My parents want me to write a letter to the judge stating that the false allegations are not true. How do I write the letter?
4 attorney answers
Consult with an attorney regarding this matter.
I am an attorney with over a decade of experience in Matrimonial and Family Law with offices in Brooklyn and Manhattan. I have experience in all five boroughs as well is Nassau and Suffolk County. The opinion expressed in this ad based upon the limited information provided and do not indicate an attorney-client relationship
I assume you are the defendant and therefore you should not send any letter without discussing it with your lawyer first.
I am a former federal and State prosecutor and have been handling criminal defense and personal injury cases for over 17 years. The above answer, and any follow up comments or emails, is for informational purposes only and not meant as legal advice.
We have a process for determining issues of fact, that involves lawyers, formal sworn documents being exchanged and hearings where there are witnesses that can be cross-examined. Usually, a party or interested person cannot simply contact the judge in writing or on the phone, even if they copy the other parties (to not do that is a major faux paus called an "ex parte" contact and can result in sanctions or admonitions from the Court).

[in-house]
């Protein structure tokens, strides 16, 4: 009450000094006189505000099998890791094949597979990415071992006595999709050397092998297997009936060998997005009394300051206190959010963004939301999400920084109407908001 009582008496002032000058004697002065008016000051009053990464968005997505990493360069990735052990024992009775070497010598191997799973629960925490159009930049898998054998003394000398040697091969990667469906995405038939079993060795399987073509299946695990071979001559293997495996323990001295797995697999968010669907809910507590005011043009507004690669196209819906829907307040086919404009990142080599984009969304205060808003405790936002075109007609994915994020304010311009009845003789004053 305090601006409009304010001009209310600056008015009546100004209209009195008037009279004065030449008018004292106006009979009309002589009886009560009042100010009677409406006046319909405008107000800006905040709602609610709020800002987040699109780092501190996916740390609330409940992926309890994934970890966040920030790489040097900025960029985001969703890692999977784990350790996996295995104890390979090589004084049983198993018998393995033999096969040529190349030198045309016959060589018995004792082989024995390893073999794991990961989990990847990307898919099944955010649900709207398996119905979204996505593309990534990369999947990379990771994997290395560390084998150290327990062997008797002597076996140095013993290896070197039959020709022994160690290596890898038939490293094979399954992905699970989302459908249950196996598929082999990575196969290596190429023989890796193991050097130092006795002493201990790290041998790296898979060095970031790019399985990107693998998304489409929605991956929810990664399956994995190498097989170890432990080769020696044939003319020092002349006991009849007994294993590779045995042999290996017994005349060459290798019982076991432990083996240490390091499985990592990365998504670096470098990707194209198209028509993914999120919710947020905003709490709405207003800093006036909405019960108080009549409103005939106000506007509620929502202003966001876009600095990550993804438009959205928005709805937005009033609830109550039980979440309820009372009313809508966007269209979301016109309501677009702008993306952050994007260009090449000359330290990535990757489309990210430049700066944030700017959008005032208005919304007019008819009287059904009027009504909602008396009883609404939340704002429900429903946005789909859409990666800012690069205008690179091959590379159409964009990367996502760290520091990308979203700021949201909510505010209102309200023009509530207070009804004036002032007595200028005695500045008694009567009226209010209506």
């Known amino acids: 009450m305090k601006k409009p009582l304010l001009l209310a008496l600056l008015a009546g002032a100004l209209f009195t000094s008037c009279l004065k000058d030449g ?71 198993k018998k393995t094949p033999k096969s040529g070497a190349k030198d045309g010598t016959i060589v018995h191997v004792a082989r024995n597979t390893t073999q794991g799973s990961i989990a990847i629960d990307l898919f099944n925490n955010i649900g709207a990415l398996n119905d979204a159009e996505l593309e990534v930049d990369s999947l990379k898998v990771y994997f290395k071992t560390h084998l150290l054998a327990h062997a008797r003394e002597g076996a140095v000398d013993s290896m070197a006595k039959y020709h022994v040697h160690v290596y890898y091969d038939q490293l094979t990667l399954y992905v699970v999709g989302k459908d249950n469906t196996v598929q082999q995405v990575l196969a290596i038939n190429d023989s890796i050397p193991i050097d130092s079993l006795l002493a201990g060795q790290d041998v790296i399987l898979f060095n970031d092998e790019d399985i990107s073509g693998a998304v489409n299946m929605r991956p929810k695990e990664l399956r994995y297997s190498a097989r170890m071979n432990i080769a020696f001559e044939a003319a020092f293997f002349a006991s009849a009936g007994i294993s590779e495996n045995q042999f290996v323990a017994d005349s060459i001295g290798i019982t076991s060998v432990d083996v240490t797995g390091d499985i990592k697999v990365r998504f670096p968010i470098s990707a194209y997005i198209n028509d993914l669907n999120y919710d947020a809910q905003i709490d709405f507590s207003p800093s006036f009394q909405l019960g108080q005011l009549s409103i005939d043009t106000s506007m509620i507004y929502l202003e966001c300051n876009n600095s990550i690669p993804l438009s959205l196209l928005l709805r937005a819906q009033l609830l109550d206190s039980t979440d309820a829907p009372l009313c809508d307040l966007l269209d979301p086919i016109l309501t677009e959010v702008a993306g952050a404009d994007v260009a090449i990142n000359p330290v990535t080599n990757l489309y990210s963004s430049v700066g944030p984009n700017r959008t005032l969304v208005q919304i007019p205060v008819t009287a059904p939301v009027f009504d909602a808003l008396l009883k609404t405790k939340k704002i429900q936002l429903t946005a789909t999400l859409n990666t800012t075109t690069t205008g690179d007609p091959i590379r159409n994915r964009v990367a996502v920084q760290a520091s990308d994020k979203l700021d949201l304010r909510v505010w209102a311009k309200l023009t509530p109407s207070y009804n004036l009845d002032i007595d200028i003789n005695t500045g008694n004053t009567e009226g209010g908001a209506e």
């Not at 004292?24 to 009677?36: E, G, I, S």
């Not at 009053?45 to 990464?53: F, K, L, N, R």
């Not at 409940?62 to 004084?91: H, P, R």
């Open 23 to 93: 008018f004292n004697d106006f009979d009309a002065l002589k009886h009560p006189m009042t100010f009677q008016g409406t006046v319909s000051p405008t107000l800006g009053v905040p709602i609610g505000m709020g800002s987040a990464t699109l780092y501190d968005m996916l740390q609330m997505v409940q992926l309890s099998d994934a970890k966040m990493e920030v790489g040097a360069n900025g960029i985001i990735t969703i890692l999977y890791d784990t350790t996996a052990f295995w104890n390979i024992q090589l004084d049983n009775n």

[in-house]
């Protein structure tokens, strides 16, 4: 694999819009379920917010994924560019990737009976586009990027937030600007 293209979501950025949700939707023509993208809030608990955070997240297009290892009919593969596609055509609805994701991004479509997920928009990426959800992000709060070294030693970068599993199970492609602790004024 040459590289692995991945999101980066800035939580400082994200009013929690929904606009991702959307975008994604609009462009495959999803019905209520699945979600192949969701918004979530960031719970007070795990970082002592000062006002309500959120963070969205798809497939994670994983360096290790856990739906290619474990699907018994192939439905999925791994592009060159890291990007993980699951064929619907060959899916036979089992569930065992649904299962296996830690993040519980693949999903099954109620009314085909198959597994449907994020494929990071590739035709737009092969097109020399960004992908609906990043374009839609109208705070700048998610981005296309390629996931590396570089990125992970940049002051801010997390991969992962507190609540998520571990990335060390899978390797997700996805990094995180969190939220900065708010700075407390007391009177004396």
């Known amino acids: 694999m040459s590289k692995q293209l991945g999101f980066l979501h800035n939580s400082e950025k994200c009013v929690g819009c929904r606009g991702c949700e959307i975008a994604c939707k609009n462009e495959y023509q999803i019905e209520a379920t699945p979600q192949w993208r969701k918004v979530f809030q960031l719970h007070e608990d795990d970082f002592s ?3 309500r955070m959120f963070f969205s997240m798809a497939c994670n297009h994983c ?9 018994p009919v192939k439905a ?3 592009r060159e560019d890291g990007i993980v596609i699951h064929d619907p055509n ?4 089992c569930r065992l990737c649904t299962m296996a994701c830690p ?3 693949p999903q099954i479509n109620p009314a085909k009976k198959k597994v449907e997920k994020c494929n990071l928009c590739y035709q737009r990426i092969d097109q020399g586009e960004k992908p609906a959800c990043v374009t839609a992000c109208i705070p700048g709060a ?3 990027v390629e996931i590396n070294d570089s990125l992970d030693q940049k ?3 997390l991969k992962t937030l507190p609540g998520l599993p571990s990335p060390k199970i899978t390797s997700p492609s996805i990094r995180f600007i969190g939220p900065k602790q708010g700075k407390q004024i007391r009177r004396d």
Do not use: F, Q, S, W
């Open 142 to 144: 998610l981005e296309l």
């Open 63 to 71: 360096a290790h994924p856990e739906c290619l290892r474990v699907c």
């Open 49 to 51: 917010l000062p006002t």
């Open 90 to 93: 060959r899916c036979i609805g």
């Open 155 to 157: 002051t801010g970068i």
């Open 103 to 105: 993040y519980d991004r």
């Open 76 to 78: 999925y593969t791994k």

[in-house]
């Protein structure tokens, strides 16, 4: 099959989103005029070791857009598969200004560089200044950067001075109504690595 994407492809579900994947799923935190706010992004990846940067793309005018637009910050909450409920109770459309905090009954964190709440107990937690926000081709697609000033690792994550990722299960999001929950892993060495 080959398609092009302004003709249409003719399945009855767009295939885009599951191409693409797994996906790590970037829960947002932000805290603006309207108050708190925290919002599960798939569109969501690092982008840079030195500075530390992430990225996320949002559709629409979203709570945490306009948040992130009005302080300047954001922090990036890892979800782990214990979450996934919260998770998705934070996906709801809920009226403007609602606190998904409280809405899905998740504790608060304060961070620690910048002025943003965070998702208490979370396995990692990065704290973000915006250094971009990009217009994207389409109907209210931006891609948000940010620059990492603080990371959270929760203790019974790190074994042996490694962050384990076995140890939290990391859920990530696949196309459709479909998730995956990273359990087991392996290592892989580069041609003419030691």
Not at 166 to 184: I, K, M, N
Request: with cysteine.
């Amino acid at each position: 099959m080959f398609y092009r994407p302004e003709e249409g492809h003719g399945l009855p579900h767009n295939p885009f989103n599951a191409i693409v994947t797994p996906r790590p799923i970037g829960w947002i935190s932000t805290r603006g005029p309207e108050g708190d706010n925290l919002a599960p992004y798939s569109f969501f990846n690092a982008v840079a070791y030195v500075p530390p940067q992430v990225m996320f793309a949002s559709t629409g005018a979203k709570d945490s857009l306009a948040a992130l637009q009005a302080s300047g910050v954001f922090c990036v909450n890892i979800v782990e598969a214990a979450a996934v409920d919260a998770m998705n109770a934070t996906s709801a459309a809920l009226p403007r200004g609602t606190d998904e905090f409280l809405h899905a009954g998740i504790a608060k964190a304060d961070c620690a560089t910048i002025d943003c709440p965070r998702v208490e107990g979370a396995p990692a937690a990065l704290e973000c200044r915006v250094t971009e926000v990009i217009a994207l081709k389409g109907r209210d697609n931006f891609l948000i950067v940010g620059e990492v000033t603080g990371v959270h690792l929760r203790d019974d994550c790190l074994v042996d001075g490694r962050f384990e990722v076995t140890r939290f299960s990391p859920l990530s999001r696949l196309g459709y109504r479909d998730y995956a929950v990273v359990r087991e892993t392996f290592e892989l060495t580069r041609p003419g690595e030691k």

In most cases, submitting a letter to the Court will just result in the Clerk returning it to the author with a note that the letter is improper and was not read by the Court.
In certain instances involving false allegations of child abuse or neglect, they will be investigated by the County Child Protective Services and if they are determined to be based on "false allegations", the CPS will write a letter saying the charges were "unfounded" and the investigation has been closed.
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